Food & Water Watch has just launched a campaign calling on Congress to stop the National Oceanic and Atmospheric Administration (NOAA) from further expanding a fisheries management programme known as catch shares — a programme that has resulted in job loss for thousands of fishermen across the US, according to the organization.
The national consumer advocacy group also released a report revealing that the number of catch share programmes, which grant once-public access to fish to private interests, have increased by 150 per cent (from six to 15) in the US in less than a decade, while NOAA plans to expand the programmes by an additional 33 per cent in the next five years.
“Fish are a public resource. Unfortunately, private investment groups and even some public interest groups have shamelessly and publicly compared access to fish to the stock market and are treating it like an investment that can be bought and sold for personal profit,” said Wenonah Hauter, Food & Water Watch Executive Director. “They’re aiming to model the fishing business after big agribusiness on land, with giant commercial operations controlling the market.
A means to essentially privatise fishing, catch shares divide up the fish in any given region and grant access to certain companies and individuals — giving fishing privileges to fewer, often larger corporate interests while pushing out smaller-scale, more traditional fishermen, highlights the group.
As a result, catch shares consolidate the fishing industry. According to the report, in 2010, about five months after a catch share programme began in New England, 55 of the initial 500 boats in the fishery controlled 61 per cent of the revenue.
Food & Water claims that the amount of fish given to a fisherman through a catch share programme, also known as quota, is often leased out for profit rather than fished by the quota owner. Last year in New England, for example, 253 of the 500 boats remained docked, unable to fish because they were not granted enough quota and could not afford to purchase more.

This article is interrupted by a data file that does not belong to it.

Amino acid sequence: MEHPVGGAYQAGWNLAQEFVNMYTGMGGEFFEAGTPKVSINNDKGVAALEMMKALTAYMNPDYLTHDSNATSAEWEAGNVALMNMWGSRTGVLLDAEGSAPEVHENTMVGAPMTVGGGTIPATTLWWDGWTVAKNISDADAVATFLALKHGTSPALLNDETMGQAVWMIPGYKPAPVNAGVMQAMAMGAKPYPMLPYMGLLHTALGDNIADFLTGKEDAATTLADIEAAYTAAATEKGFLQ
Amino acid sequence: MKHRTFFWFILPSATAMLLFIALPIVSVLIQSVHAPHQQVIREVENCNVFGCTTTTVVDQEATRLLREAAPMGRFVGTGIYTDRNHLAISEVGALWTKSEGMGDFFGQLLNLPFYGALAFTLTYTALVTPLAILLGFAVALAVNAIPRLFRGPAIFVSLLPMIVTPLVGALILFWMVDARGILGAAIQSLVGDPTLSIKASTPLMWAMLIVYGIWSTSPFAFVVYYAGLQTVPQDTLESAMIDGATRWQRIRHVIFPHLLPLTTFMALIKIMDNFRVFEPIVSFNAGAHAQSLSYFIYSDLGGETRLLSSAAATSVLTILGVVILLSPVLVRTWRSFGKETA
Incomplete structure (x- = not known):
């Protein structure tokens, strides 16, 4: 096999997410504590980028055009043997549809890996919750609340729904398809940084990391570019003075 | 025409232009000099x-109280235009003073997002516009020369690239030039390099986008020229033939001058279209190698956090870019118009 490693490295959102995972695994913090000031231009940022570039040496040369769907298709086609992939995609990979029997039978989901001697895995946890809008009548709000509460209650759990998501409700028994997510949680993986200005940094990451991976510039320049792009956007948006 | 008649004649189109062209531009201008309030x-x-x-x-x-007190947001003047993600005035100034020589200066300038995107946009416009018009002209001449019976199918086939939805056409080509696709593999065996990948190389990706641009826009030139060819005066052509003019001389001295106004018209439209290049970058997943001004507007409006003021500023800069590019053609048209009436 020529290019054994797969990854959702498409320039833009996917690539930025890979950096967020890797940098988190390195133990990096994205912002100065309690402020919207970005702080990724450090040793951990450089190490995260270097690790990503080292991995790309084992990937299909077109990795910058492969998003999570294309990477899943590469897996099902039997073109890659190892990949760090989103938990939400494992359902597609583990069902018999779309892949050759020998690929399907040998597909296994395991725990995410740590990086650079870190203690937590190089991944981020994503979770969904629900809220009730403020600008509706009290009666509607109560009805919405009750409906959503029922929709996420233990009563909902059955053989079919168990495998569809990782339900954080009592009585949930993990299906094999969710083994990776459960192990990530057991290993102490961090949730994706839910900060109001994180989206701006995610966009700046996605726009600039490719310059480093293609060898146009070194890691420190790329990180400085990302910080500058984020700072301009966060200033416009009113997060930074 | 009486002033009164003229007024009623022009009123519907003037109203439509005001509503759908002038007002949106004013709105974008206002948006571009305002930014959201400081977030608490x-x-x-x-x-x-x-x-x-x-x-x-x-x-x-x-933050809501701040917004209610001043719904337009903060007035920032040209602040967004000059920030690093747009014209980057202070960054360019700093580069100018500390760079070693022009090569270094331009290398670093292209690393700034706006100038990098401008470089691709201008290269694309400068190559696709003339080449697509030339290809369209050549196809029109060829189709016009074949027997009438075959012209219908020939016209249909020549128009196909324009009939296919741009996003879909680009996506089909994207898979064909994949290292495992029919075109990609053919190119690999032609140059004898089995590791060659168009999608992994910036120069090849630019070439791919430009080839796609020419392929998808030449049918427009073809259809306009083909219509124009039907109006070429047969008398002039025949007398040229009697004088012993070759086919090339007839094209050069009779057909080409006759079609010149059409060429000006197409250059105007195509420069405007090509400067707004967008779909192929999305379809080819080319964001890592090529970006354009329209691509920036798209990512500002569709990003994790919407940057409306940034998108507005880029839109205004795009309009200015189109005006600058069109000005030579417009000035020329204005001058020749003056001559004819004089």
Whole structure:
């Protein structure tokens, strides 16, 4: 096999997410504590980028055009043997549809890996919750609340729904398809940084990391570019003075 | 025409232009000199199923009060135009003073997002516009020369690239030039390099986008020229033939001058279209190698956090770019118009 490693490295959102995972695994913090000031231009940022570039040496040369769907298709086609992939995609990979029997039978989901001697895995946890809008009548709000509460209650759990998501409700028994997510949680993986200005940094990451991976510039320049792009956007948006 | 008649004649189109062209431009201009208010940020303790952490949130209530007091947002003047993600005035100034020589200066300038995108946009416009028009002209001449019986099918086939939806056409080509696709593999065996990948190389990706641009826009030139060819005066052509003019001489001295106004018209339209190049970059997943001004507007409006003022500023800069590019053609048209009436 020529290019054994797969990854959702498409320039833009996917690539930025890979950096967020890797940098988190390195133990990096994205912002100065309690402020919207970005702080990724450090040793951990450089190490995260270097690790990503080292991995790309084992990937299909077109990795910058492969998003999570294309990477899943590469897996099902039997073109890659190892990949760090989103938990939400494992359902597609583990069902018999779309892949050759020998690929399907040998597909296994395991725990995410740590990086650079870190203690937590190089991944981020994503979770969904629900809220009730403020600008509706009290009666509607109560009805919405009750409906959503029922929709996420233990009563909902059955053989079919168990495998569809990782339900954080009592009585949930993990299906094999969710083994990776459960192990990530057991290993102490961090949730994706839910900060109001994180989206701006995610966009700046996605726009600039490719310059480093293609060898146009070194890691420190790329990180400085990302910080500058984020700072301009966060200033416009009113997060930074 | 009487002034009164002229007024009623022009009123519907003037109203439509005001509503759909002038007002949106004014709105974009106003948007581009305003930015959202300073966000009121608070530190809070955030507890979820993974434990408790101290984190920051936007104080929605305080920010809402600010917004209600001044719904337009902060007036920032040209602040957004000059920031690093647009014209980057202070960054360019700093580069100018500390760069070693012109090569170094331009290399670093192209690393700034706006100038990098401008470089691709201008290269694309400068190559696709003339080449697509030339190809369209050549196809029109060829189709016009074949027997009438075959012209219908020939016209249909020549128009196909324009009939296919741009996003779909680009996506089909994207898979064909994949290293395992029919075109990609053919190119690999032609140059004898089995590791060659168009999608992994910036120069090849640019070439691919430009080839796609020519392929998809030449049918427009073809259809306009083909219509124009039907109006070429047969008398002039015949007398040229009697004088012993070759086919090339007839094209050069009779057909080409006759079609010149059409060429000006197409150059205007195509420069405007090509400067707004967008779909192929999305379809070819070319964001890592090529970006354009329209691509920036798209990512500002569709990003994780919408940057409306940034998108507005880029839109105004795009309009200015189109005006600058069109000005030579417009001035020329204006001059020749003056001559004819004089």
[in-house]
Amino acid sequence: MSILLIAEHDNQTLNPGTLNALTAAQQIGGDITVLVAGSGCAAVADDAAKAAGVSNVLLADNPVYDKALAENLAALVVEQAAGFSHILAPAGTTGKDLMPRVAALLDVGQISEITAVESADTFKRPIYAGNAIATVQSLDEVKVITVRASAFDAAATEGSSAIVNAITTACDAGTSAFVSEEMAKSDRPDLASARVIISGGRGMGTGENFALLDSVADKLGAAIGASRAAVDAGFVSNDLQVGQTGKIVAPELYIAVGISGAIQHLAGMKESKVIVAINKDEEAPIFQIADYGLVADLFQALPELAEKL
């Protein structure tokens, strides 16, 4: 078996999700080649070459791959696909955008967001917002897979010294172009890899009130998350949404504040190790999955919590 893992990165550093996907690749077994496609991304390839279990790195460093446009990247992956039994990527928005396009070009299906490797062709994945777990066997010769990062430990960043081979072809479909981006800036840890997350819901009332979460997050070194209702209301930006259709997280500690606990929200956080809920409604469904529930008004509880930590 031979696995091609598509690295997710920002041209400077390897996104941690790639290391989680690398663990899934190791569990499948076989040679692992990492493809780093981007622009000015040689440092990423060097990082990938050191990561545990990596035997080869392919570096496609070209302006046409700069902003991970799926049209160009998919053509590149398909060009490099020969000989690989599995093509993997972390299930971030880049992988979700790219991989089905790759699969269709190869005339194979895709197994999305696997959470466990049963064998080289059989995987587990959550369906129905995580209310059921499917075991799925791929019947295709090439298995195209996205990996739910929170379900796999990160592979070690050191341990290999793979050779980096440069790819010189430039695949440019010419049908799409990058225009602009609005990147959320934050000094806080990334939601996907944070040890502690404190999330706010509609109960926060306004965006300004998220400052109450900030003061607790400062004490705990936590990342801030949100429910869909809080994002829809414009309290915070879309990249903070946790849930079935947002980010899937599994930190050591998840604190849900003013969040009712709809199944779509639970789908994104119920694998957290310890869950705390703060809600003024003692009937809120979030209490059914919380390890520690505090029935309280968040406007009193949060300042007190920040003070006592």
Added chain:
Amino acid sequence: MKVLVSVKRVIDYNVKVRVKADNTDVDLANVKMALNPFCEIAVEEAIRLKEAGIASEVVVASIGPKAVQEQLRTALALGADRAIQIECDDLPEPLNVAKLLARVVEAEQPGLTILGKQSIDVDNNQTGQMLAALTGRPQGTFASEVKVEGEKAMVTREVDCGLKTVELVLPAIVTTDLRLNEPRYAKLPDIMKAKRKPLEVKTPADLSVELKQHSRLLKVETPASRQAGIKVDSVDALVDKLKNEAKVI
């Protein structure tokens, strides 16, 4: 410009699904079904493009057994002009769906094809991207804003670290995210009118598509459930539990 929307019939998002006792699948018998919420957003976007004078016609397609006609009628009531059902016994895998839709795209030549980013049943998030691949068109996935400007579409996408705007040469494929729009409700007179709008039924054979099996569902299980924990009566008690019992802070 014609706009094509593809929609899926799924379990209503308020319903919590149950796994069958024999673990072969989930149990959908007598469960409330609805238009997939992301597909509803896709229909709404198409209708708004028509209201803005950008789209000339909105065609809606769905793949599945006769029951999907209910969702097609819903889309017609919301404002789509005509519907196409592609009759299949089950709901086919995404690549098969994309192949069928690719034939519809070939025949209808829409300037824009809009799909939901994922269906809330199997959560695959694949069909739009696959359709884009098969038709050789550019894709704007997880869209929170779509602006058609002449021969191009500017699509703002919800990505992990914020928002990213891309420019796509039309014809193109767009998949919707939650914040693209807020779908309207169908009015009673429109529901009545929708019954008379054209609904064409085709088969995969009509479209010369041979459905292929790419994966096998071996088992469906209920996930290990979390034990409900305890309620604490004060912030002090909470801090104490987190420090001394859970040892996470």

Further, the organization reminds that the New England catch share programme prompted the cities of Gloucester and New Bedford, Massachusetts, along with local fishermen and advocates, to file a suit challenging its legality. Additional lawsuits are ongoing in the Gulf of Mexico and, most recently, the Pacific Coast.
“The massive loss of jobs within the fishing industry is directly correlated to the catch share programme,” said Tina Jackson, President of the American Alliance for Fishermen and their Communities and a commercial fisherman and lobsterman herself. “It is vitally necessary for Congress to put forth legislation to halt any further programmes of this nature and save the hundreds of thousands of jobs in the US that will be lost if NOAA’s national catch share policy is allowed to be implemented.”
Last April, amidst national concern over wasteful government spending, Congress voted to defund catch shares for fiscal year 2011.
Proponents of catch shares have argued that they help combat overfishing. According to the report, however, catch share programmes have shown little evidence that they increase fish stocks. In Norway, cod stocks dropped to their lowest level ever in 2006 after years of catch share management. Related articles: